Wicker Park camp for boys has been acclaimed as ‘fun’, ‘welcoming’ as it aims to build the ‘whole person’
Going down to the wire, 11-year-old René Madrid and 8-year-old Roman Arellano stood on the free-throw line.
The ten-foot hoop from Our Lady of Unity Parish Gymnasium towered over their four-foot heads. Arellano fired first; his ball ricocheted towards the sideline. As he was about to rebound, Madrid put his feet down and sank his shot. A dozen boys watching on the field cheered. Madrid had just won their first knockout game at the Midtown Center boys’ summer programme.
More than 200 boys participate in the program. During the week, from June 27 to August 5, it is open to students in grades 4 to 12. In addition to sports, the boys attend classes, personal development seminars and participate in individual mentoring. Run by Midtown Center, a nonprofit youth development organization, the program has been running since 1993.
This is their first year at the Wicker Park location; he also attended a school in Bucktown. In addition to the parish gymnasium and classrooms, this year they will have access to the sports fields of the nearby Académie Josephinum du Sacré-Coeur.
The program is aimed at low-income Chicago students, the majority of whom are Chicago public or charter school students. The cost of the six-week camp is $275, though community outreach director Vince Meno said it would be higher if it weren’t for the programs’ donors.
They emphasize games to get the boys excited about the program – “No kid wants to come to camp for lessons and mentoring,” Meno, 41, explained. However, the program tries to go a little further than most summer camps.
They offer school-like courses, which range from typical subjects such as math and science to others such as chess and broadcast journalism. High school students take one of five “apprenticeships” in graphic design, computer science, engineering, architecture or business.
None of the teachers in the boys program this year are currently CPS teachers. None of the staff are female either.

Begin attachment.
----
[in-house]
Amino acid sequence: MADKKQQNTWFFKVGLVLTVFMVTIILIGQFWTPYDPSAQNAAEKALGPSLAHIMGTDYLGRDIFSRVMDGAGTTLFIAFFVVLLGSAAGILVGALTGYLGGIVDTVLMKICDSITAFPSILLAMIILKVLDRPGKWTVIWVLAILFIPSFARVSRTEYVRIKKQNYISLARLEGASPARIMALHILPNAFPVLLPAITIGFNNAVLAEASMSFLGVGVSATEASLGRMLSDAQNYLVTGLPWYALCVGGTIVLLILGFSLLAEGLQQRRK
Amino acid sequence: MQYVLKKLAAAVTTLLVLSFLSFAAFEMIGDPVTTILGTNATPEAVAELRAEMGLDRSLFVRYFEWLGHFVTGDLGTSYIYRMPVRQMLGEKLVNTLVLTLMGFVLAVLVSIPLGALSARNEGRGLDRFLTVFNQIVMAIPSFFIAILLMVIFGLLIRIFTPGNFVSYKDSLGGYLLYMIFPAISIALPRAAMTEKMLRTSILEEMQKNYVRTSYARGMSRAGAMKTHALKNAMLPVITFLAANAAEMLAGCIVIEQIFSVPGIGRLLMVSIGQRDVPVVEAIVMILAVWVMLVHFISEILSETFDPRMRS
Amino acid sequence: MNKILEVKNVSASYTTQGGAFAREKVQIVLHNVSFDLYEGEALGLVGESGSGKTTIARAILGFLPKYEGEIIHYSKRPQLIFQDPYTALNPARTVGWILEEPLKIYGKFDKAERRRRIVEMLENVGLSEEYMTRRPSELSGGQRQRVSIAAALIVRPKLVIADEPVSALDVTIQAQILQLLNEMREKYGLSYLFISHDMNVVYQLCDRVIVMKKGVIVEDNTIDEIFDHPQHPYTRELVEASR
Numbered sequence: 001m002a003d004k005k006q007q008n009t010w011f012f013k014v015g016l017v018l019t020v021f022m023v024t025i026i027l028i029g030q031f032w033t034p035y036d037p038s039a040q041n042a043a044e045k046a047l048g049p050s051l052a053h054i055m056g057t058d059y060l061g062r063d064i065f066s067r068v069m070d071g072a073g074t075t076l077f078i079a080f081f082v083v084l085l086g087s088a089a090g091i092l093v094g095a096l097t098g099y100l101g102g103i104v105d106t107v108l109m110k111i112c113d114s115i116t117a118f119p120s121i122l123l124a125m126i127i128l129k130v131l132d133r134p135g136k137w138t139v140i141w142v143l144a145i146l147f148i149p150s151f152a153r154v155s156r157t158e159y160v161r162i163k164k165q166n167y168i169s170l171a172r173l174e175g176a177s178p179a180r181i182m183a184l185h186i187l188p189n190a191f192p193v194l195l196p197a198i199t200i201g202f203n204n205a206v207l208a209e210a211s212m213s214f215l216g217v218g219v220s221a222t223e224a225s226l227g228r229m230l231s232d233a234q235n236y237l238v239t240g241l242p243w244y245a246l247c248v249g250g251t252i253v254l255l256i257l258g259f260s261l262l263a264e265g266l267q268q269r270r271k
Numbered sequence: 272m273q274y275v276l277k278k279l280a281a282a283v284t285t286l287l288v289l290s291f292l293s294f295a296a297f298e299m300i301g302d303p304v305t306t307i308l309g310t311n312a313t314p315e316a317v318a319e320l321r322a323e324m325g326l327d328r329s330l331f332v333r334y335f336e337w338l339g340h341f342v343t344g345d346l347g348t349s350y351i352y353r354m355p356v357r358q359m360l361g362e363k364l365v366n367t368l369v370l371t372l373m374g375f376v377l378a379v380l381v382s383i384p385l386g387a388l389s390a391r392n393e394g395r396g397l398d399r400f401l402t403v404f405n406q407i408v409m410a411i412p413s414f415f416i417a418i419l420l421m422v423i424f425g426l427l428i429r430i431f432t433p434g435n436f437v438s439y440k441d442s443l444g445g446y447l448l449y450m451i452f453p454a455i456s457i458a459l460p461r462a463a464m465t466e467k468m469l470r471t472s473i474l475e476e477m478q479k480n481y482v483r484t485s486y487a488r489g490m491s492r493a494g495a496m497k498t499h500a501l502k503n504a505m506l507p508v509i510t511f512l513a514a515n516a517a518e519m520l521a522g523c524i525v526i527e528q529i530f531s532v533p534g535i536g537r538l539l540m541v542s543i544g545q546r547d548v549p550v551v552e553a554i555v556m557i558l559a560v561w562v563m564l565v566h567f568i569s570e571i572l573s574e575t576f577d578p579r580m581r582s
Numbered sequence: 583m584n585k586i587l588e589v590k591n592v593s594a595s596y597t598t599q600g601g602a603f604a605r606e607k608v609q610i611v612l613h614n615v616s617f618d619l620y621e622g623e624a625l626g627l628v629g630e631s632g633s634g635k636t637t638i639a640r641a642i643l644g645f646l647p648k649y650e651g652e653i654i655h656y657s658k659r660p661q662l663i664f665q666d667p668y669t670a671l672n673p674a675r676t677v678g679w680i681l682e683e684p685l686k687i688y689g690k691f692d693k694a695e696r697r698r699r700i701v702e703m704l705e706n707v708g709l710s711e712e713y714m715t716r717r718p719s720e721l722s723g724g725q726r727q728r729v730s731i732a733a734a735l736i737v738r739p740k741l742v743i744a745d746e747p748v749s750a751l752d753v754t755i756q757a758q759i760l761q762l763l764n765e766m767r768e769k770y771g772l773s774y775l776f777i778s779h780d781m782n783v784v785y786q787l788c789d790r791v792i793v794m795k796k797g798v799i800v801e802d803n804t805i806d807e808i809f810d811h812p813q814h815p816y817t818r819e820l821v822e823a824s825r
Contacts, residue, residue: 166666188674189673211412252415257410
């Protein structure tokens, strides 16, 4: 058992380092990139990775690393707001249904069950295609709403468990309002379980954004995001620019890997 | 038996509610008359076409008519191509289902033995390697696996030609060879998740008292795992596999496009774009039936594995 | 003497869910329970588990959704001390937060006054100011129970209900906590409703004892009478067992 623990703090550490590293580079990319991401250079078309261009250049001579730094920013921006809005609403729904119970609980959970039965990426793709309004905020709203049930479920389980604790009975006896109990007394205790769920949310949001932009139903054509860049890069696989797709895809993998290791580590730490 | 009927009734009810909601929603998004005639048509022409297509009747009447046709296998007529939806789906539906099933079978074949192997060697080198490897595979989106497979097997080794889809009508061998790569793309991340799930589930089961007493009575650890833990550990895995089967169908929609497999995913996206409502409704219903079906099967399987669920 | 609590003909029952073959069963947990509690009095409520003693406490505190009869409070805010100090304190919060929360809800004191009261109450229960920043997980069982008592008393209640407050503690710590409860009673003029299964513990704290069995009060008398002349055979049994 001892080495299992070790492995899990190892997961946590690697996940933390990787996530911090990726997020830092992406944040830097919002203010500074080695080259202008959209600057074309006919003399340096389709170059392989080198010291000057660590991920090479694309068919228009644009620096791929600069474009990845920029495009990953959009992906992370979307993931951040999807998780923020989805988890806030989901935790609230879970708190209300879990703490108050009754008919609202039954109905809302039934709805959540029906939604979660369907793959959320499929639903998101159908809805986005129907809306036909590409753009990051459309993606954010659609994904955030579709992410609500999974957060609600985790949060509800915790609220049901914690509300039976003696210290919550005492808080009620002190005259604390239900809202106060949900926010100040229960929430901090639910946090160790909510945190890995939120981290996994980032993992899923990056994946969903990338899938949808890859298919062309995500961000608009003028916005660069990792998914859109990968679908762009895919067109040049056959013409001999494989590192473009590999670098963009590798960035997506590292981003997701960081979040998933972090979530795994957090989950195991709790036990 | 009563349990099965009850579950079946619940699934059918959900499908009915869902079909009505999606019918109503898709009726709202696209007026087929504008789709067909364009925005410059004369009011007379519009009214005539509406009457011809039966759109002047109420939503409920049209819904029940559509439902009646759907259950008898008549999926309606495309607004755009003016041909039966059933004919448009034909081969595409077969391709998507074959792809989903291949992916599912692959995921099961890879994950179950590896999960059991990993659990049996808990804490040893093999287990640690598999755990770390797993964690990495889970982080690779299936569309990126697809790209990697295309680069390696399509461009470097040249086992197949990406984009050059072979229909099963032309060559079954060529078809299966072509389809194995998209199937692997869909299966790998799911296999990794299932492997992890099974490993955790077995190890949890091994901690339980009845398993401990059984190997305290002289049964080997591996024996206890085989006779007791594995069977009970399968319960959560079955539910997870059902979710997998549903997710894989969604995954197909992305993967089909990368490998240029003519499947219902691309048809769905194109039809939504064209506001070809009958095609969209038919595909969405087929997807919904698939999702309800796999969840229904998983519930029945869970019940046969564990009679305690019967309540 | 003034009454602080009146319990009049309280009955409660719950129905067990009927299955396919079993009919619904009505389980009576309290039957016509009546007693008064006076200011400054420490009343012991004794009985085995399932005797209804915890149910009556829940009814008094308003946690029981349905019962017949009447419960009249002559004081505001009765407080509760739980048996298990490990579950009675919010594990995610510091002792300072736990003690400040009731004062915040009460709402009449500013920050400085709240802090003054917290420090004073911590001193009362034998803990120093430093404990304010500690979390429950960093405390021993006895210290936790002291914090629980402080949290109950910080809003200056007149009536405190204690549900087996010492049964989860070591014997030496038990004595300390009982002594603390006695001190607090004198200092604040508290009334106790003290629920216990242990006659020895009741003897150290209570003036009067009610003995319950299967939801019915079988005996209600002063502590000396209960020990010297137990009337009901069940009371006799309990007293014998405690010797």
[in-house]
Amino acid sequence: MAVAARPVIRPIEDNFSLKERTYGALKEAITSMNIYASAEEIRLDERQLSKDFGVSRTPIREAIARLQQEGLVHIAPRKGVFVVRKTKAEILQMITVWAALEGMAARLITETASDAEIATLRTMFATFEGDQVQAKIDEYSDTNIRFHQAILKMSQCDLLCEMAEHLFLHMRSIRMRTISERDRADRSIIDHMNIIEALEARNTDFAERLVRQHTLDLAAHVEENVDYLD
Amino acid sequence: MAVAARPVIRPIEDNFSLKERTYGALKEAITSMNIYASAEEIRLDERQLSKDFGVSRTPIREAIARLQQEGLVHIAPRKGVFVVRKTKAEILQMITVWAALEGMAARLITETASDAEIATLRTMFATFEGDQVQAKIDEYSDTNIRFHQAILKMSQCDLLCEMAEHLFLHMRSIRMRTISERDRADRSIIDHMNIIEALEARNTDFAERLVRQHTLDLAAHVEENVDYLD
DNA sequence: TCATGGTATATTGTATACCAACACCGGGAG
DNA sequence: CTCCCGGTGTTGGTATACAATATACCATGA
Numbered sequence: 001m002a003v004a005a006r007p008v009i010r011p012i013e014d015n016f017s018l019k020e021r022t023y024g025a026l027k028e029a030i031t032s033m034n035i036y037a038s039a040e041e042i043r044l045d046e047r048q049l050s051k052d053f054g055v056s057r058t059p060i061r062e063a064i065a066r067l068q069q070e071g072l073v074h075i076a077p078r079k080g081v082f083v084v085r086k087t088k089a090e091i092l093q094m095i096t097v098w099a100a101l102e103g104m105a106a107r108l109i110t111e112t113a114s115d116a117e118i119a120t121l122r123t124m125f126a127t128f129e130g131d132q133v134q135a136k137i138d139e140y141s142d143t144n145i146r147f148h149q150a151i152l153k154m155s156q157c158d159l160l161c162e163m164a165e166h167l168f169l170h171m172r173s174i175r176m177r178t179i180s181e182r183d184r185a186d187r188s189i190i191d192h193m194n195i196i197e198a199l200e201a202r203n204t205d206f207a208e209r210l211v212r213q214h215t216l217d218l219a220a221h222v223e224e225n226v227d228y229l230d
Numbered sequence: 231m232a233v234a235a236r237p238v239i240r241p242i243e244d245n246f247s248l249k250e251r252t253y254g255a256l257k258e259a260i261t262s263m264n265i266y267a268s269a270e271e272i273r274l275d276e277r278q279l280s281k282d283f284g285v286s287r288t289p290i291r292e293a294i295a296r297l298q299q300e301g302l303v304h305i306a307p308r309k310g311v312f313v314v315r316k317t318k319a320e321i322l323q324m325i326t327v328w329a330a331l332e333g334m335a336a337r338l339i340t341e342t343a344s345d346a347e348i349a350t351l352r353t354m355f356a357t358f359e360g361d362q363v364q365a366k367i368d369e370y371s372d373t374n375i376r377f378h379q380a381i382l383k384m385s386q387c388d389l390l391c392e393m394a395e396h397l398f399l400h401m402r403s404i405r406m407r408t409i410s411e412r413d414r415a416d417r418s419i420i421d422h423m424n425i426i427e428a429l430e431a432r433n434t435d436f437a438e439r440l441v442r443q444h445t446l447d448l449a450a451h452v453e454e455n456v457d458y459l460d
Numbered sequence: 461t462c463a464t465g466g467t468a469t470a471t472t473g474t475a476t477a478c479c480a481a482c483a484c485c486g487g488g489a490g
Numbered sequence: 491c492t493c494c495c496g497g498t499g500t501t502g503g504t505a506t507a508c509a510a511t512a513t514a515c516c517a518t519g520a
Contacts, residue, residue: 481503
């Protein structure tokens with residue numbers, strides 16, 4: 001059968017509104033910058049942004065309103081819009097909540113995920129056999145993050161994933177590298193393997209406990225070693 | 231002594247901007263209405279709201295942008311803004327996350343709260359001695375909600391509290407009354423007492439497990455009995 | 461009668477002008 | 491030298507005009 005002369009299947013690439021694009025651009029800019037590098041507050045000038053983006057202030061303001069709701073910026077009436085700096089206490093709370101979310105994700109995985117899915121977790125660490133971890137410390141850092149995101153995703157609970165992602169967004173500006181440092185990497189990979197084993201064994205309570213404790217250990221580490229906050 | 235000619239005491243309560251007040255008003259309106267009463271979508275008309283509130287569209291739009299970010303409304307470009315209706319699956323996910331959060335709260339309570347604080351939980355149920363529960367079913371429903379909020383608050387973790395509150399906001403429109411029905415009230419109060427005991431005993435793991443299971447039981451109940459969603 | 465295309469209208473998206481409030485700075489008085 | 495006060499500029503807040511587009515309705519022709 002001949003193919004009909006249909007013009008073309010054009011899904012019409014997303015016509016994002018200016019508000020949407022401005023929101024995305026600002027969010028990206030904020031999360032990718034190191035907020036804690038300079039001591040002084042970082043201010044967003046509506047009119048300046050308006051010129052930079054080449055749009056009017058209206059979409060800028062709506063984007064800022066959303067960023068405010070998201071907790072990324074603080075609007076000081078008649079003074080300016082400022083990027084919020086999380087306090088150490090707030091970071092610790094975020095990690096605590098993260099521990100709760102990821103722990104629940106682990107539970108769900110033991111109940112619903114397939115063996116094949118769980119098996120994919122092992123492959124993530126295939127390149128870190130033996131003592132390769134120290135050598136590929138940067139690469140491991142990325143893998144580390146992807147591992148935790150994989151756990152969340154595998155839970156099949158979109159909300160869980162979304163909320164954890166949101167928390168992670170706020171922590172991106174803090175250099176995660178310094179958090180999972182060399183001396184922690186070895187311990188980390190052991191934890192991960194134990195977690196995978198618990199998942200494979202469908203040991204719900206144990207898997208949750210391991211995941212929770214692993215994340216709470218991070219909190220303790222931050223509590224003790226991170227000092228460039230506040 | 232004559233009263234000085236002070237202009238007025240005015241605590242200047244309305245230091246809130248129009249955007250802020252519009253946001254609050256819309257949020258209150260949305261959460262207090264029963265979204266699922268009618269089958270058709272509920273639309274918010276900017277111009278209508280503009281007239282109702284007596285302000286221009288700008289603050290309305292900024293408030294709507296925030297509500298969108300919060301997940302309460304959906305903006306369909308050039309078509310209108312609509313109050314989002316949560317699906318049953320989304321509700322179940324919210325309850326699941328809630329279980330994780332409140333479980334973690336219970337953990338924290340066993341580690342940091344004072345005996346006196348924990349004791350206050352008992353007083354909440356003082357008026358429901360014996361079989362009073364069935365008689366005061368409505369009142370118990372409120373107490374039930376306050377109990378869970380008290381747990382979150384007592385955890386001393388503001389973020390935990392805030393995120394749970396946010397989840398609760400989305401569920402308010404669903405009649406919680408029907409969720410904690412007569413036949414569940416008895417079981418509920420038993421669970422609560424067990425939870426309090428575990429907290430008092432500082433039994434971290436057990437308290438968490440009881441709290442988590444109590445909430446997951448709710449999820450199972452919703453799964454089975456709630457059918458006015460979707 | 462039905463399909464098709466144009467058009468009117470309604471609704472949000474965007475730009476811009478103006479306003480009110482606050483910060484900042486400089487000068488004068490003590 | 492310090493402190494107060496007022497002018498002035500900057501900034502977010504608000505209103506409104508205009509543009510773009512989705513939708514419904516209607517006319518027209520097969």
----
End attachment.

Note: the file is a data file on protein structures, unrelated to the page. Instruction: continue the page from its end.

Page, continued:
“Some call it archaic, but it works for us. We think boys are better looked after by other men,” Meno said.
Midtown Center is a non-religious, non-profit organization; however, the personal development seminars and individual mentorship program are “rooted in Catholic moral and social teachings,” dating back to the organization’s founding by members of the Catholic Church in 1965, according to their website.
In particular, members of the Catholic organization Opus Dei helped found it and they still support it, even providing program mentors with room and board. Mentors are high-achieving students who get to know the boys and talk to them about their home life and discuss things like the “virtue of the week” or goal setting.
However, their attention to the “whole person” is what attracts parents, Meno said, and why some boys spend more than an hour on public transport to get there. “Parents know it has a good impact on their son or daughter, so they go the extra mile to make it happen,” Meno said. (There is a separate program for girls.)
For many boys, it’s just a chance to make friends. Meno said that’s one of the main goals of the program.
“I think it’s fun,” said 16-year-old Salvador Rivera. “It’s a fun atmosphere, it’s pleasant and welcoming.” His friend, Jonathan Gutierrez, 16, agreed. The two rising juniors had met at camp years before and were about to go out for lunch nearby, a privilege given only to older boys.
Many like Gutierrez and Rivera stay year after year, will participate in after-school programs during the year and will even come back to help.
“I came here at a time in my life when I was at my lowest point, I had confidence issues and I was making friends,” Ali Morales said. The 19-year-old DePaul student said the camp helped solve that problem, and he pointed to one of the football coaches he said he met when he was younger. The two are now close friends. “I felt like I wanted to give back.”